As for the book, it sounds quite interesting. I picked up Napier's book and also used it in a Japanese film class where we saw Ghost in the Shell. Oshii is a director that intrests me and this book sounds like a good look at his works. It may skim over some parts, but I'm sure it's got good coverage and insight overall.

Also, with Red Specatcles and Stray Dog (i belive thsoe are the two), I've seen them in stores and have been tempted to get them. How highly are they reccomended? I do want to get them, it's just a matter of if I want to get other films first.

-Xenos
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The Xenos



Joined: 29 Mar 2004
Posts: 1511
Location: Boston

PostPosted: Tue Jun 15, 2004 2:23 pm Reply with quote
CorneredAngel wrote:
the two films really do come off feeling more like exercises or proofs-of-concept than as fully-realized projects


It kind of looked like that from the box. Stuff like that is still interesting. It also looked like they had live aciton versions of the armor from Jin Roh, so it looked interesting just to see that. I think if I found these movies cheap, I'd grab them.

-Xenos
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Proman



Joined: 19 Nov 2003
Posts: 947
Location: USA

PostPosted: Tue Jun 15, 2004 8:31 pm Reply with quote
CorneredAngel wrote:

b) Oshii directed two live-action films...and was involved in various with at least seven separate anime franchises/titles. The question should be why *should* any book on Oshii focus on two minor works to any extent.

Why not? And by the way those are not minor works - those are movies.
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jfrog



Joined: 21 May 2004
Posts: 925
Location: Seattle

PostPosted: Tue Jun 15, 2004 9:15 pm Reply with quote
CorneredAngel wrote:
a) the author is a he
b) Oshii directed two live-action films...and was involved in various with at least seven separate anime franchises/titles. The question should be why *should* any book on Oshii focus on two minor works to any extent.


Oshii directed four live-action films.

Xenos: I personally think The Red Spectacles is Oshii's best movie, but it's also pretty weird, so I guess it depends on how much you like that kind of thing. Stray Dog isn't as good, but still pretty enjoyable. And don't be expecting too much from Innocence. I've seen it and agree with ANN's review completely.

Brian Ruh: The reason I'm feeling so apologetic is that during the Seattle International Film Festival (which just ended), I've repeatedly said bad things about people's movies only to find the director standing three feet away, so I'm feeling just a tad self-conscious right now. And if I had known you posted on this forum I would have phrased it in a more constructive way.
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Neilworms



Joined: 03 Jan 2002
Posts: 155
Location: Chicago IL

PostPosted: Thu Jun 17, 2004 3:43 pm Reply with quote
Quote:
I hope this review isn't accurate. While Mamoru Oshii is one of the most important directors in animation, his live-action films are arguable his best and any analysis of his body of work is seriously deficient if it ignores them. After all, Angel's Egg aside, all of his anime films are part of some larger franchise. Wouldn't The Red Spectacles be a better representation of his crazy-awesome period than Urusei Yatsura, since he wrote the whole thing from scratch?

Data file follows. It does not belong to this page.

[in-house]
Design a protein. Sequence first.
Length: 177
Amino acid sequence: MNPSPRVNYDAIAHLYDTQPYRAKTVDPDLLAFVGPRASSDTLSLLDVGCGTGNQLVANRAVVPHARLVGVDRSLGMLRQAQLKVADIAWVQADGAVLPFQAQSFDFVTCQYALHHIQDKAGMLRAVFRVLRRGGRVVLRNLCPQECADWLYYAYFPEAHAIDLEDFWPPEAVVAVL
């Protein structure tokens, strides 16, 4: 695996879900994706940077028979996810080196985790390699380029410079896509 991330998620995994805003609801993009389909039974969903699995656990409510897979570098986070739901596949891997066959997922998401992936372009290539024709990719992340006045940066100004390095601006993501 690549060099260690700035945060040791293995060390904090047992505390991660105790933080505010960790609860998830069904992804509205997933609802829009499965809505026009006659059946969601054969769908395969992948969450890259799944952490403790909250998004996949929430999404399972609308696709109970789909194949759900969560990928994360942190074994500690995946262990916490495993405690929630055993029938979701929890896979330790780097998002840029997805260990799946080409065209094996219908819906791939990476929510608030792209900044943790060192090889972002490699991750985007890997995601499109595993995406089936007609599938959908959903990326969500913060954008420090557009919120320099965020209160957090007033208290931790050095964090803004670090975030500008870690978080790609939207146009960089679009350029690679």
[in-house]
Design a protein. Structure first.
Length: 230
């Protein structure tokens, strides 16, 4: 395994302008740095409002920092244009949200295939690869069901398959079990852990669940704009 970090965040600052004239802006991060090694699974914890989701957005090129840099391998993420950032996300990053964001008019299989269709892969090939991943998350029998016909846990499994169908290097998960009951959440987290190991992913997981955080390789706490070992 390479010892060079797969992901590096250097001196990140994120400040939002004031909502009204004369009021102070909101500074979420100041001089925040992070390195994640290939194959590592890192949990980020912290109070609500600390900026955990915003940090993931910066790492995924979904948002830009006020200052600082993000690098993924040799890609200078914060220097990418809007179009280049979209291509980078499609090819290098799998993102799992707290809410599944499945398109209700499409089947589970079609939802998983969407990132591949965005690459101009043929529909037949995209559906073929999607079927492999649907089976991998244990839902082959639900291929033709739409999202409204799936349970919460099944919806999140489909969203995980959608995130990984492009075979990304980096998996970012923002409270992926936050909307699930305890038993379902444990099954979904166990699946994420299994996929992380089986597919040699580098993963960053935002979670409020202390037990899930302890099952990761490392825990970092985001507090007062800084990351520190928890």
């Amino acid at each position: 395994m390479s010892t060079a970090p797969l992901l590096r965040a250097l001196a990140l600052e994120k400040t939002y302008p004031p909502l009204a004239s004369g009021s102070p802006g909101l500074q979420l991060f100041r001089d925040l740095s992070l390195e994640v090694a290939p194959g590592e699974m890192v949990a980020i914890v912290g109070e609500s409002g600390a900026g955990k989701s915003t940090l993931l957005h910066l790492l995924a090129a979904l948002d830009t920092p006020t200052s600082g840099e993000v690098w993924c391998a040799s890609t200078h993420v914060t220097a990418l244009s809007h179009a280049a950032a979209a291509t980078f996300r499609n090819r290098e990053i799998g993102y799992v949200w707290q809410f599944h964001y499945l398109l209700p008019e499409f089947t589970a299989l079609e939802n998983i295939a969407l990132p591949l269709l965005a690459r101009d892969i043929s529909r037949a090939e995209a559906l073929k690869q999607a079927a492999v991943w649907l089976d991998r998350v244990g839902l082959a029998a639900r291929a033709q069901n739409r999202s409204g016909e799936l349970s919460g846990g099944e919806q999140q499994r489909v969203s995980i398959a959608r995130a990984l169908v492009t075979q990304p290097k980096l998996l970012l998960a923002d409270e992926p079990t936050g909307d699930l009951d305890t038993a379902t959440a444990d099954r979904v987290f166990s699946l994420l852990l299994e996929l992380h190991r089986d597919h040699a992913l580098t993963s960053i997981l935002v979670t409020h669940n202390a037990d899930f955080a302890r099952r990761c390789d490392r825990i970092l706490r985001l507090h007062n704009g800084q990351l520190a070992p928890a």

I'd have to agree with JFrog, I wish Oshii had the freedom in his animated work to be as experimental as his live action stuff (though some of it comes close). I personally really like "Talking Head" which is even better if you know something about film history.

Congratulations Brian on getting the book published and thanks for the special thanks to those of us who post on the IG Boards... good luck in future endevors.
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neuro



Joined: 16 Jun 2004
Posts: 4

PostPosted: Sat Jun 19, 2004 6:54 pm Reply with quote
Same ... i just want to say : Congratulations Brian.

Do you have any contact for a french edition ?

I wonder if you use some materials or full parts from your precedent essays like Hacking Your Own Ghost.. and of course from your thesis ( A Cyborg Mephisto: Mythology in the Science Fiction Films of Oshii Mamoru ).

I notice these documents are not online anymore @ animeresearch.

In any case I will read your book as soon as i can and i'm 100% sure it is a "MUST"

@+ Wink
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CorneredAngel



Joined: 17 Jun 2002
Posts: 720
Location: New York, NY

PostPosted: Mon Jun 21, 2004 4:40 pm Reply with quote
neuro wrote:


I wonder if you use some materials or full parts from your precedent essays like Hacking Your Own Ghost.. and of course from your thesis ( A Cyborg Mephisto: Mythology in the Science Fiction Films of Oshii Mamoru ).

I notice these documents are not online anymore @ animeresearch.



Four of Brian's papers, including "Hacking Your Own Ghost..." are available in the Feature Articles section of AnimeResearch; the fifth, Unoriginal Trash or the Future of Manga?: The Role of Parody Dōjinshi is up as well, but apparently, Brian forgot to actually include a link to it.